Price of Land
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Price of Oil Land

(Galveston Daily News, February 26,1901)

Beaumont, Tex.--Positions of The Large owners, The Small Owners, and The Would-Be Purchasers--Owners Are Waiting--They Are Independent and Desire To Share In The Profits of Development--Afraid of The Standard Oil--Desire to Have Pipe Lines Controlled, Wonder Possibilities in The Oil Industry.

And here is another story, whether of bear or bull origin the reader can judge for himself. One of the embarrassments of the situation is the former cheapness of the land. These men accumulated it in large bodies and turned loose on it the rustling Long Horn. The latter did not bring a high price, but however low in the scale of price, he was no lower than the pasture on which he grazed. The Long Horn is almost a thing of the past, though he may be in greater number here than elsewhere. The land remains. The man who got wealthy off the beef and the grass still owns the land. He understands as others the problematical value of his dirt. He is able to hold it. He says as one said to me, "We made our money and bought our land, and if there is anything under it, we are as much entitled to it as other people." So, the story is, that he sits back and refuses to part with his real estate possessions for anything like what they ought to bring even with the great gusher in sight. His herd grazes there and multiplies. Cattle are good in price and his cows can be sold to North Texas people for breeding purposes, even if for beef they are not extra fine. With a fat purse and the grazing fine, why should he not take chances. Why is he not able to risk being a millionaire. If it should not turn out to the general opinion, he is no worse off, for the land and cattle are still there, and the latter has multiplied. If it should turn out according to the general belief, then he is a millionaire, probably many times over.

The man who wants to lease is in despair when he hears this argument and the man who wants to buy is in agony over the price demanded, if the concession of price is granted.

Then there is another element which owns a few acres. This element is made up of small farmers, and this is the way they argue: If we lease and a dry well is struck, then our land is reduced in value. No one wants land on which there is no oil. Anyhow, the price offered on the whole amounts to but little more than the royalty to be got off the oil, and if it is not found, then the price is nothing.

Hence, two (choices) are left: One is to sell outright for a price based on the probabilities, or to hold off until more oil is discovered, and then we can sell just as we set our figures.

Now, the price set on the probabilities just makes the hair of the would-be purchaser curl in anger. There are hundreds of thousands of acres of land in South Texas held out against would-be purchasers and lessers in just this way. The man who would really like to sink a hole and find out what is at the bottom of it; as well as the speculator who wants to lease and hold until some other person sinks the hole, meets in this case with the speculator who owns the land. That, I am told by a real estate man, is the reason that there has been no greater push in the development. To this I do not wholly agree. For, as has been stated in these columns, that delay has been more attributable to wild excitement, the unprepared condition of the business mind for what happened, as well as the bad weather, than anything else.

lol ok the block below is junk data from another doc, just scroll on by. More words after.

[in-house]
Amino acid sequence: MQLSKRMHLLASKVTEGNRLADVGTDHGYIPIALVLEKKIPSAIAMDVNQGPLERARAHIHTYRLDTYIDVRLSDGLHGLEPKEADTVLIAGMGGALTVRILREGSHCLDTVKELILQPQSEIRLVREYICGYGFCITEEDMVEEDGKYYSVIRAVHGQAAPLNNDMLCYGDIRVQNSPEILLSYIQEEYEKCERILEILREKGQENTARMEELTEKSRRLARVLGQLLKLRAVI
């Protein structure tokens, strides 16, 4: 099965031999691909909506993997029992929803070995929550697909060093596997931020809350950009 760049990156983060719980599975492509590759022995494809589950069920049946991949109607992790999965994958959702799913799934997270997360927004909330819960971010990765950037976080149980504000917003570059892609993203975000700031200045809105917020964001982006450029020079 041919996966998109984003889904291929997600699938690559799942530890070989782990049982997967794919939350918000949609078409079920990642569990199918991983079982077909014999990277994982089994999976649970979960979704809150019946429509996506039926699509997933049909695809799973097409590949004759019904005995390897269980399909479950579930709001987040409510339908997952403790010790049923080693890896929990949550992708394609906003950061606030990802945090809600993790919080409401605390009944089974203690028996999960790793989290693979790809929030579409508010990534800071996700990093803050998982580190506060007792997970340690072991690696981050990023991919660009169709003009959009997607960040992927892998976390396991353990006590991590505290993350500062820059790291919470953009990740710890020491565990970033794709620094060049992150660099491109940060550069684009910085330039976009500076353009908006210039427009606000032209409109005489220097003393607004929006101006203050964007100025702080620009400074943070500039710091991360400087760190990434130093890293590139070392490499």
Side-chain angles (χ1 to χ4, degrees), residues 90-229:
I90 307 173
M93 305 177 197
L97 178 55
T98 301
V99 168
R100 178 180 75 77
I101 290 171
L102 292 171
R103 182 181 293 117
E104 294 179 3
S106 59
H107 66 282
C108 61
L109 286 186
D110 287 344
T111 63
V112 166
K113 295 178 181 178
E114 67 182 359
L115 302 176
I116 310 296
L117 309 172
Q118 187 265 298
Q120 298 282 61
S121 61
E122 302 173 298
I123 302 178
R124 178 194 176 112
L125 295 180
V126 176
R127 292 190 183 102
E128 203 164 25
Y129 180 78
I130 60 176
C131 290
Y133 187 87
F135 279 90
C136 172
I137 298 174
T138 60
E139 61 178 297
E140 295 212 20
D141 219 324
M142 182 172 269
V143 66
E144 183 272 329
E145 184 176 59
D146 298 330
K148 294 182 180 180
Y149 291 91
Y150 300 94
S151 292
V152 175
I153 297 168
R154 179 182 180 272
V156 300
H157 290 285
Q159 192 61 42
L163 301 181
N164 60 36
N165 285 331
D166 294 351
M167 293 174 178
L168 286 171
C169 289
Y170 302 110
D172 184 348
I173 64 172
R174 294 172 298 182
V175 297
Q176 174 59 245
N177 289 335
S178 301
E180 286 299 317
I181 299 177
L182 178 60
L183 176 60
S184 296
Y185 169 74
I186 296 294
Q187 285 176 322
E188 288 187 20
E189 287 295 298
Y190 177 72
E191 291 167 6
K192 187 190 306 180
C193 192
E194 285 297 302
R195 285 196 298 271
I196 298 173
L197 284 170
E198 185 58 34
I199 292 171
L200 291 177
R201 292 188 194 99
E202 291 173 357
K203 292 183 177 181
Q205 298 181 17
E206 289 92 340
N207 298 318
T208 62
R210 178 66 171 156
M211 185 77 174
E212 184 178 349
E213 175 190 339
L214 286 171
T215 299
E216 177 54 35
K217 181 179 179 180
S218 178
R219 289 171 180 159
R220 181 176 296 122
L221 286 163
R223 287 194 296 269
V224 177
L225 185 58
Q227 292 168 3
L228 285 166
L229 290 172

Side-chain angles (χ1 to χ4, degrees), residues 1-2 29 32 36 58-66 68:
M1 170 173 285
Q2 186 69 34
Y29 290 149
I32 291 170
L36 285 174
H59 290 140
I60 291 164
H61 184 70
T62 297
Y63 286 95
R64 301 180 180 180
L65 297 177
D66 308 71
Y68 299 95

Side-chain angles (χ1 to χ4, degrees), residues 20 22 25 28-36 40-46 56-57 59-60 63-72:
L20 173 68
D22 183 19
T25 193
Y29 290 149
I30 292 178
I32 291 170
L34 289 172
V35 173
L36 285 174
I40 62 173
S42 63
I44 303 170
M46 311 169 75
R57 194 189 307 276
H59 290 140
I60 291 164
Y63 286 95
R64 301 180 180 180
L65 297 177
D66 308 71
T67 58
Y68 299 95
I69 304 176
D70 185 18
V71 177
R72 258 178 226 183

There is a general fright at the Standard Oil Company. This being a mammoth institution, such a fright is wholly natural. A new man in town is at once spotted as an agent. A fellow dressed in good clothes is followed by suspecting eyes. "They," still meaning the same company, "are getting their hands in already by building pipe lines. Now, even if we find out, with the pipe line of transportation in their hands, how are we going to transport it and to whom are we going to sell it. Why, with the transportation facilities all against us, the price could be fixed by the company, even to the most greedy extent. A pipe line is no more than a railroad and hence is a common carrier.

Everyone knows what the man who argues this way means. He wants the pipe lines placed on the same level with railroad companies and subjected to railroad jurisdiction. No one admits that he is connected in any way with the Standard Oil Company. Indeed, every one is vigorous in denying even any friendship for it. The men with the leases and the men building the pipe lines and tanks declare they are acting wholly in their own private interests, or in the interests of companies which are commercially and socially at variance with the great company mentioned.

But let it not be understood that there are not thousands of leases and thousands of sales made. There are a few more than a hundred thousand acres of land in South Texas. Besides, there are a few more people than the number who can afford to hold, because they have cattle and other things, which are accumulating. There are those who have taken chances on some other people discovering oil for them and giving them a share of the discovery. Hence, the busy time many are having getting leases, making purchases, and selling. One thing should be mentioned here. That is the construction of tanks in the vicinity of the great gusher. Some of these tanks are made of wood. One or two are of iron. They are about 20 feet high and apparently of a like diameter. The men working on them are hammering out the confidence that the people who employed them felt. They would not be putting up oil tanks if people did not believe there was oil to put in them.--W. G. S. (comp. by W.T.Block)

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